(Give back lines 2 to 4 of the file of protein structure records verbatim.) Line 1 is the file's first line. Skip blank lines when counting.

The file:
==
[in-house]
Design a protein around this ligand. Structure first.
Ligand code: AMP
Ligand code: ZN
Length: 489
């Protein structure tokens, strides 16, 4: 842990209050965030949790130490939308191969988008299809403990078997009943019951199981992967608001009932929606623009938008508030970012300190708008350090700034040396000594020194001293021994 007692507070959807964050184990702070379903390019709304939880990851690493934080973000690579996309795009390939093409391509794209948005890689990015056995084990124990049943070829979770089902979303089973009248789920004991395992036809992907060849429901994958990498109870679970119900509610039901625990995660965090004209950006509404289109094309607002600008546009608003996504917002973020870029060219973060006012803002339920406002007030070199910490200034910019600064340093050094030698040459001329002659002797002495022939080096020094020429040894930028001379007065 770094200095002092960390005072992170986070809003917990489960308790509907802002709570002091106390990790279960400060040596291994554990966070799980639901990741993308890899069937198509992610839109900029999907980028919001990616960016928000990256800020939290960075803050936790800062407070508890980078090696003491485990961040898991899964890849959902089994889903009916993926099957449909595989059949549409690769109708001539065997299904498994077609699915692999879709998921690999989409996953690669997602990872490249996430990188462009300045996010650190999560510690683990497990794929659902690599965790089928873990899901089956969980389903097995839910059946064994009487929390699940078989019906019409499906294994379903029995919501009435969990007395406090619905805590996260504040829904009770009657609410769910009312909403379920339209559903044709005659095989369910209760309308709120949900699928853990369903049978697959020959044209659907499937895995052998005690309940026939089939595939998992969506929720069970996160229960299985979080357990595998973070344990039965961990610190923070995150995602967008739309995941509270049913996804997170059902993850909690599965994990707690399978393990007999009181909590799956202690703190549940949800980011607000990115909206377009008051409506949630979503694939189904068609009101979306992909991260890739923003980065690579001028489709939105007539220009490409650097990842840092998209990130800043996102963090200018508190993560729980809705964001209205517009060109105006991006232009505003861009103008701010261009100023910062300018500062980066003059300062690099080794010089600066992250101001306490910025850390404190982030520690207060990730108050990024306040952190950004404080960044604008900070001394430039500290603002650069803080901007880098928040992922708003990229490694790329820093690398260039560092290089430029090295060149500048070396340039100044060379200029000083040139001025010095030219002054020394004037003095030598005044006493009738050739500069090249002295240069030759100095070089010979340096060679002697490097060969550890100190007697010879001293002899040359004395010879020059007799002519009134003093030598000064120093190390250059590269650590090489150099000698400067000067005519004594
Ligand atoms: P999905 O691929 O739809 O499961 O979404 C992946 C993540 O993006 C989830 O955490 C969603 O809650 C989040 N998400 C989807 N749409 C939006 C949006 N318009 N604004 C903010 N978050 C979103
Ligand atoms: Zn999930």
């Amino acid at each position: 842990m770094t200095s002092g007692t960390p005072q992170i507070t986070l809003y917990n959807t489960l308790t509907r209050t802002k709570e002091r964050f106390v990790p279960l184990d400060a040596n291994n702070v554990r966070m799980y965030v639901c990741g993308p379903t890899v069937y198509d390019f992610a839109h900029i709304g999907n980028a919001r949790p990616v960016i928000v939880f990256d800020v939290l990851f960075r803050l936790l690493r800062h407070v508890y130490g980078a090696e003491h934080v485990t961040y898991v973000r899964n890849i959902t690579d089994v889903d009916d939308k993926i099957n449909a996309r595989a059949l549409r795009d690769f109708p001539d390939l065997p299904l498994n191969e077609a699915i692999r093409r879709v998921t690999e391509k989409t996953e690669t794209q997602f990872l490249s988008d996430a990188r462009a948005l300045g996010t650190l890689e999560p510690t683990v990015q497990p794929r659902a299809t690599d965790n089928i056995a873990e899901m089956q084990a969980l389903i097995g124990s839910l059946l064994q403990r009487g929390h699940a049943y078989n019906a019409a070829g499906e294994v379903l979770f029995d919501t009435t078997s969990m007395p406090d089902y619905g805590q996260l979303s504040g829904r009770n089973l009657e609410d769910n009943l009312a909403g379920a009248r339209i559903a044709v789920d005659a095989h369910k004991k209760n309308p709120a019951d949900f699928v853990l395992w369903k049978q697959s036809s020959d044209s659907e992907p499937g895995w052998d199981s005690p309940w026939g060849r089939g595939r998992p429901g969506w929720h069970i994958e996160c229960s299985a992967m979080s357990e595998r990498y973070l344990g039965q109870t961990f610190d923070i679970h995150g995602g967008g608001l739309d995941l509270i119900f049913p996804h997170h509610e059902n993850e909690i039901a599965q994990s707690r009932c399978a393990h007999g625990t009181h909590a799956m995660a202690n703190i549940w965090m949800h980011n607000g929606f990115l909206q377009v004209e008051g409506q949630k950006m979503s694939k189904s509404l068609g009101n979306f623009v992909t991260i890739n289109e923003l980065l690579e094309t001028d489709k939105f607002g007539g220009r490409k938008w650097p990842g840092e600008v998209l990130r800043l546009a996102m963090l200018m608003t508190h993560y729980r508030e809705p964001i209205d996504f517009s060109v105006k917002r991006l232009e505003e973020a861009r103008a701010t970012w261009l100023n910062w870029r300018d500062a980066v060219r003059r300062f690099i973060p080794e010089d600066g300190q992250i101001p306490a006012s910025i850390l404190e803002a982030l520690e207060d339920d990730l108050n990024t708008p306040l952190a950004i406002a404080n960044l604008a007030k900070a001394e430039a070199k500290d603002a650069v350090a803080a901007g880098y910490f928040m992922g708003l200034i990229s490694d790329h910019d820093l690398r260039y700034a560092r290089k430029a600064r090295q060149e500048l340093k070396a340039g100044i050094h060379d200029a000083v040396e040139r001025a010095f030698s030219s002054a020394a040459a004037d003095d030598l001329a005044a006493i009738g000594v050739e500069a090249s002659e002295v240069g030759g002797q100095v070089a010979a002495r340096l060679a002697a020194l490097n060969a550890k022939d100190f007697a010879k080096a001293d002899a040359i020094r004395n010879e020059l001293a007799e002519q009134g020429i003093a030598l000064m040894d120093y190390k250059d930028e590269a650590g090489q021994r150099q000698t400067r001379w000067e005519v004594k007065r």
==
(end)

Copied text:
Design a protein around this ligand. Structure first.
Ligand code: AMP
Ligand code: ZN